Where curiosity and craft intersect

Family science major Kristen Gittings finds support and new research opportunities with encouragement from her faculty mentors.

Kristen Gittings

Kristen Gittings describes her major — now called family and human services — as the intersection of psychology and sociology. These disciplines encourage self-exploration as well as learning about the behaviors and motivations of others.

Gittings has been interested in psychology since she was 12, but her curiosity about family studies sparked when she took an honors course taught by Bethany Willis Hepp. The course fit well with Gittings’ academic and personal interests, and she related to the holistic approach of the program. “The professors in the family studies department prepare their students to care for one another, which is the foundation of being an effective member of society,” she says.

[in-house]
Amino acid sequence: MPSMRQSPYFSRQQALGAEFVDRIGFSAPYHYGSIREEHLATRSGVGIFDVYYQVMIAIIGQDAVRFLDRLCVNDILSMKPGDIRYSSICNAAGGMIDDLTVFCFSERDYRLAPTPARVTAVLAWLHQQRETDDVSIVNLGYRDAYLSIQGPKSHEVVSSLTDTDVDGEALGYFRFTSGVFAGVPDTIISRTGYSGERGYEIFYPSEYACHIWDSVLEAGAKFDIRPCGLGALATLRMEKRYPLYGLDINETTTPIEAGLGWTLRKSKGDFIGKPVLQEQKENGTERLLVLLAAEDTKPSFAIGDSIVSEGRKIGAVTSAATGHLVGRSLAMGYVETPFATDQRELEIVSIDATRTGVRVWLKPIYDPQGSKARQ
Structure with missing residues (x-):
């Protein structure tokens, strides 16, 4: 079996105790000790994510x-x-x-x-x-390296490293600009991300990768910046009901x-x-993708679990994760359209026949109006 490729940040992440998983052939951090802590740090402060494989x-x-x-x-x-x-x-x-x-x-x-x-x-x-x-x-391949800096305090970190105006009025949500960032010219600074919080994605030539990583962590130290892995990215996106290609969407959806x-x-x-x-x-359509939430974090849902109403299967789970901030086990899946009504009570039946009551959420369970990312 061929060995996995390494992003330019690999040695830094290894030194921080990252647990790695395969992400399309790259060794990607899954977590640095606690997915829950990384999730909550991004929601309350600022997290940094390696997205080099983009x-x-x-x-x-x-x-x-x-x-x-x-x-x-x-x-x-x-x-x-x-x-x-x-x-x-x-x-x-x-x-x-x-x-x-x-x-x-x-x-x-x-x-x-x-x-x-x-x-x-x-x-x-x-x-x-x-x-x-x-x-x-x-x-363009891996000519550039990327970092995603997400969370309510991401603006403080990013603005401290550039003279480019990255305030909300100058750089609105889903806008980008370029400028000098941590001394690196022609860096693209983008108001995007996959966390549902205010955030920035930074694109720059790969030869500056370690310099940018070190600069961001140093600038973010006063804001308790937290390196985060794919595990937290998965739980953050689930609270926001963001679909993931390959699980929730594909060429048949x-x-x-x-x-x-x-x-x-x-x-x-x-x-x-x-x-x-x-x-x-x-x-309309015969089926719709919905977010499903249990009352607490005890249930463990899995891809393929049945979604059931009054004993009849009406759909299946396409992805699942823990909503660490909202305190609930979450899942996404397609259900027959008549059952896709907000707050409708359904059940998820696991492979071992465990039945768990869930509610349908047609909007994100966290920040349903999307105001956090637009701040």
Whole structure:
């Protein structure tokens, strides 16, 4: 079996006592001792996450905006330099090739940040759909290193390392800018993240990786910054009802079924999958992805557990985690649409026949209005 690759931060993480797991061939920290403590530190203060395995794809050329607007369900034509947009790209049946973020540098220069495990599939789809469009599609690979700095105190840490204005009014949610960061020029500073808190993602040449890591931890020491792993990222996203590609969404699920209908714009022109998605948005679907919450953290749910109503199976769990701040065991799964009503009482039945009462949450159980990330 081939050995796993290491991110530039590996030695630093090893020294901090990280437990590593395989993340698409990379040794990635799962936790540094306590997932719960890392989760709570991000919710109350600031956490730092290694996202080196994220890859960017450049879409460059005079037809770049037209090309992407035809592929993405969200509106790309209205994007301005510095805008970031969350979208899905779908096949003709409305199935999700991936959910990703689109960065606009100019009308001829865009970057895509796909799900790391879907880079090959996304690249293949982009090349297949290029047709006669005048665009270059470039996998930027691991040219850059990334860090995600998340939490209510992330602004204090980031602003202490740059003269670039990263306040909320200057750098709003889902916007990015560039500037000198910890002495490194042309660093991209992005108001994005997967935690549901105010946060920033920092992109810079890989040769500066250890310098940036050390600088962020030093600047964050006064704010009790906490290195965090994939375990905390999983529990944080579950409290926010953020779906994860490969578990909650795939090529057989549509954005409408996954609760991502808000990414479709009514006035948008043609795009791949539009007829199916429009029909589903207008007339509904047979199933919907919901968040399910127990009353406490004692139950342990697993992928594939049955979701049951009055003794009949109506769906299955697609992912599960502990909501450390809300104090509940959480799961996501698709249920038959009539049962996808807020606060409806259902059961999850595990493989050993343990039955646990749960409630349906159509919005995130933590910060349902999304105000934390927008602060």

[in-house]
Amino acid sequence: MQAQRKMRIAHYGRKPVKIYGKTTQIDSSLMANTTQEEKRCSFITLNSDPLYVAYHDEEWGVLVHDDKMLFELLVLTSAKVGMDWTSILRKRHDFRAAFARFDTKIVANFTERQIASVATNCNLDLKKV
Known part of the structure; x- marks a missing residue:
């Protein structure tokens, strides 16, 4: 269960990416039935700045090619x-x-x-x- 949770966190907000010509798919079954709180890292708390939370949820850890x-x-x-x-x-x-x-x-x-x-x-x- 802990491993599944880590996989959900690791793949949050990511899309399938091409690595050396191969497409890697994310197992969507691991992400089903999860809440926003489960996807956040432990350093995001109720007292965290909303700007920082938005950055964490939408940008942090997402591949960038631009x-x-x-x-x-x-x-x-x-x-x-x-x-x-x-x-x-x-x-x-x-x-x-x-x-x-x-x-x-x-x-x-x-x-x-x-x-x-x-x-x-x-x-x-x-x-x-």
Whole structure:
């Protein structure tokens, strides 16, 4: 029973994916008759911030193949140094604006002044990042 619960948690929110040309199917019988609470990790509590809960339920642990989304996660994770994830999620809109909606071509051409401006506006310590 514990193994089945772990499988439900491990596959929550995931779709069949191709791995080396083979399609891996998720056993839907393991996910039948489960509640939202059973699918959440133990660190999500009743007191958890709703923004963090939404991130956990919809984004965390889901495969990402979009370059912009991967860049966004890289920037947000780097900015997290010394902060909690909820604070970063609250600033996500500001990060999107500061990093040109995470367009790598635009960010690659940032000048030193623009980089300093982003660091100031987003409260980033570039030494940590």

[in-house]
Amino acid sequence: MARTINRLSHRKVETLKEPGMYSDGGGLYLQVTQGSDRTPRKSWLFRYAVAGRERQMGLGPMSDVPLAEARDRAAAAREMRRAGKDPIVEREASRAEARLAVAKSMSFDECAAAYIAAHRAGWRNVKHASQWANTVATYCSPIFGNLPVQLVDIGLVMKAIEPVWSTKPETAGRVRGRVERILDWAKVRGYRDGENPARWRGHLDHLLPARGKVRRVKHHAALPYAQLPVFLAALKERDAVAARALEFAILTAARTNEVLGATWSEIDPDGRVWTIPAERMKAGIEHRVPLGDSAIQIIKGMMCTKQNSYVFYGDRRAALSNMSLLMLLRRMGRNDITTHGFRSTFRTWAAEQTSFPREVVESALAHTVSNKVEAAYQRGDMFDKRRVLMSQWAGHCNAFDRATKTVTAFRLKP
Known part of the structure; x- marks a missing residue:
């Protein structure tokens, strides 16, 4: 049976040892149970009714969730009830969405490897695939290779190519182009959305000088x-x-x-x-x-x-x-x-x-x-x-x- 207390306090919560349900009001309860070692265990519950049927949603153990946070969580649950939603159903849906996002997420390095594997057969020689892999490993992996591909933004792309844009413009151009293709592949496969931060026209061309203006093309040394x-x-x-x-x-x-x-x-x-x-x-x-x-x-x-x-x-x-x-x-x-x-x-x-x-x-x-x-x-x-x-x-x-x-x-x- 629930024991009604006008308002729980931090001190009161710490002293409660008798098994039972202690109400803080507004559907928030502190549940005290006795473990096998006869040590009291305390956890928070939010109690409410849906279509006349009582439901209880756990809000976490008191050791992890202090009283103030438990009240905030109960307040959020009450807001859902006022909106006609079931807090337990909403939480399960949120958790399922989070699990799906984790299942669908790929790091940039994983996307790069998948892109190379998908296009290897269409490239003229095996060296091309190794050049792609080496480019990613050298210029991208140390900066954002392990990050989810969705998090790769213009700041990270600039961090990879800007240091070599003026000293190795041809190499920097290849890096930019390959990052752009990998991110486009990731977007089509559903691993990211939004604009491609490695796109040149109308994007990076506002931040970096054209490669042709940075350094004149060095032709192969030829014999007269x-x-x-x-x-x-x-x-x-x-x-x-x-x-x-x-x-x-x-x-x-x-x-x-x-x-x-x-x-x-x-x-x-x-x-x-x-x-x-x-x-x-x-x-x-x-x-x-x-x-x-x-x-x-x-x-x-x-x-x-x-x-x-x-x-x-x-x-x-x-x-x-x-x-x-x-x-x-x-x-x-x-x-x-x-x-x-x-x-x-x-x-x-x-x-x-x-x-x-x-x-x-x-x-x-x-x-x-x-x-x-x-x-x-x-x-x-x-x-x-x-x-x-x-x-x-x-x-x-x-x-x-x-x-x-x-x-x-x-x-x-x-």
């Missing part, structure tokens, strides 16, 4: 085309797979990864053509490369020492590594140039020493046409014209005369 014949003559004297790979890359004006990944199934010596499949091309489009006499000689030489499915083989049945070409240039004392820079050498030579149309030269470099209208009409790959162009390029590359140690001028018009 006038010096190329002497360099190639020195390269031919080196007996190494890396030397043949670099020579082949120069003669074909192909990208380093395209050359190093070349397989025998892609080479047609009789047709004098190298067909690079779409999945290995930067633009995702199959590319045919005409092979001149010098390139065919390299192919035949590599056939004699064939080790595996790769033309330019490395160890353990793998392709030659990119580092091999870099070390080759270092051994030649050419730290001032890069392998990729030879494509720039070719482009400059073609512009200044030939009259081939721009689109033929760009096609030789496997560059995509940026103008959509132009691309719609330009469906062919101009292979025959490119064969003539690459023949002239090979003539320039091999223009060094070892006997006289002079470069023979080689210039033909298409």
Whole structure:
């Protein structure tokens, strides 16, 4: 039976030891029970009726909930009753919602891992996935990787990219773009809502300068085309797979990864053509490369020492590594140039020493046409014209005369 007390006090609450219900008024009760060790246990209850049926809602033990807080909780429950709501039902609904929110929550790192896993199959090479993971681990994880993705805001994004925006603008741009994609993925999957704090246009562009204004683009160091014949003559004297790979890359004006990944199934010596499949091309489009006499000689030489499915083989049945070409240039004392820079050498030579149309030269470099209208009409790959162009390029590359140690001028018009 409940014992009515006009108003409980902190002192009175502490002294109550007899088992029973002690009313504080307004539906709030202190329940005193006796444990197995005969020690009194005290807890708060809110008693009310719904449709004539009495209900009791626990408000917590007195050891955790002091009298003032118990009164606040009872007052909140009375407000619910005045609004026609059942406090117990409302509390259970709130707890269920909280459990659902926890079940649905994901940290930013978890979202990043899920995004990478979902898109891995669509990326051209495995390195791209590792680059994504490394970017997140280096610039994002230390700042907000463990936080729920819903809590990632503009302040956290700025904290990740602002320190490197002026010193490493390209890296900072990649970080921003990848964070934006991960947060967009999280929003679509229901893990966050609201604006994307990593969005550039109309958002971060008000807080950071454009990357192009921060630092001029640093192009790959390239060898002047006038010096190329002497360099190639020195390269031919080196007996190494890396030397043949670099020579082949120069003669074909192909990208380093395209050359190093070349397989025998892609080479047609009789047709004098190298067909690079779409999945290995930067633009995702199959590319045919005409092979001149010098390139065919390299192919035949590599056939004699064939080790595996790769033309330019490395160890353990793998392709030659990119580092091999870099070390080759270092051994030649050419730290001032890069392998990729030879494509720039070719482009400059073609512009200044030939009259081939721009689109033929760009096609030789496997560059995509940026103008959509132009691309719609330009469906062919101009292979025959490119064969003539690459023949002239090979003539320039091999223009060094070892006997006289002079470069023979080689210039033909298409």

“ My professors have inspired me to learn and to grow into an individual who understands the diverse experiences of every person. ”

Kristen Gittings

The faculty commitment to the whole student enabled Gittings to gain support for opportunities in related academic areas. She is a research assistant in the cognitive psychology laboratory supervised by Blaire Weidler, who taught Gittings the research process, how to collect and analyze data, and how to present in academic forums.

“She is one of the people who makes Towson special,” Gittings says.

Gittings is grateful for the faculty support and notes that her growth as an academician and as a writer are two positive outcomes. After taking Maria Fracasso’s course in research methods, Gittings became more confident in developing cohesive arguments about her research. She says the class offered her a new outlook on the impact of effective writing.

An avowed lifelong learner, Gittings expects to fan the flames of her curiosity and practice her research and writing in an advanced degree program.

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